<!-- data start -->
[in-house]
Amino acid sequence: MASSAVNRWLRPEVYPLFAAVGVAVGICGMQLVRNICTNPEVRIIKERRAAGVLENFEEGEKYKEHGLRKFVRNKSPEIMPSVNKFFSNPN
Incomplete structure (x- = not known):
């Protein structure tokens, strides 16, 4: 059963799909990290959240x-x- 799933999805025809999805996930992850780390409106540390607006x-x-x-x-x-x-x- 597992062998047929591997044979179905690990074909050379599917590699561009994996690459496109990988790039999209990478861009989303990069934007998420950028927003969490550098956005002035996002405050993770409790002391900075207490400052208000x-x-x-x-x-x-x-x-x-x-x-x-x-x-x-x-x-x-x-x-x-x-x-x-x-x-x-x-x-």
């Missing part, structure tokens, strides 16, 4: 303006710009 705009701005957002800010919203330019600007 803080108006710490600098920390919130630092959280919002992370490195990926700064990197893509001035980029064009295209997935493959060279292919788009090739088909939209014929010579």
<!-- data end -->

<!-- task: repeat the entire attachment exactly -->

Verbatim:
[in-house]
Amino acid sequence: MASSAVNRWLRPEVYPLFAAVGVAVGICGMQLVRNICTNPEVRIIKERRAAGVLENFEEGEKYKEHGLRKFVRNKSPEIMPSVNKFFSNPN
Incomplete structure (x- = not known):
């Protein structure tokens, strides 16, 4: 059963799909990290959240x-x- 799933999805025809999805996930992850780390409106540390607006x-x-x-x-x-x-x- 597992062998047929591997044979179905690990074909050379599917590699561009994996690459496109990988790039999209990478861009989303990069934007998420950028927003969490550098956005002035996002405050993770409790002391900075207490400052208000x-x-x-x-x-x-x-x-x-x-x-x-x-x-x-x-x-x-x-x-x-x-x-x-x-x-x-x-x-």
């Missing part, structure tokens, strides 16, 4: 303006710009 705009701005957002800010919203330019600007 803080108006710490600098920390919130630092959280919002992370490195990926700064990197893509001035980029064009295209997935493959060279292919788009090739088909939209014929010579």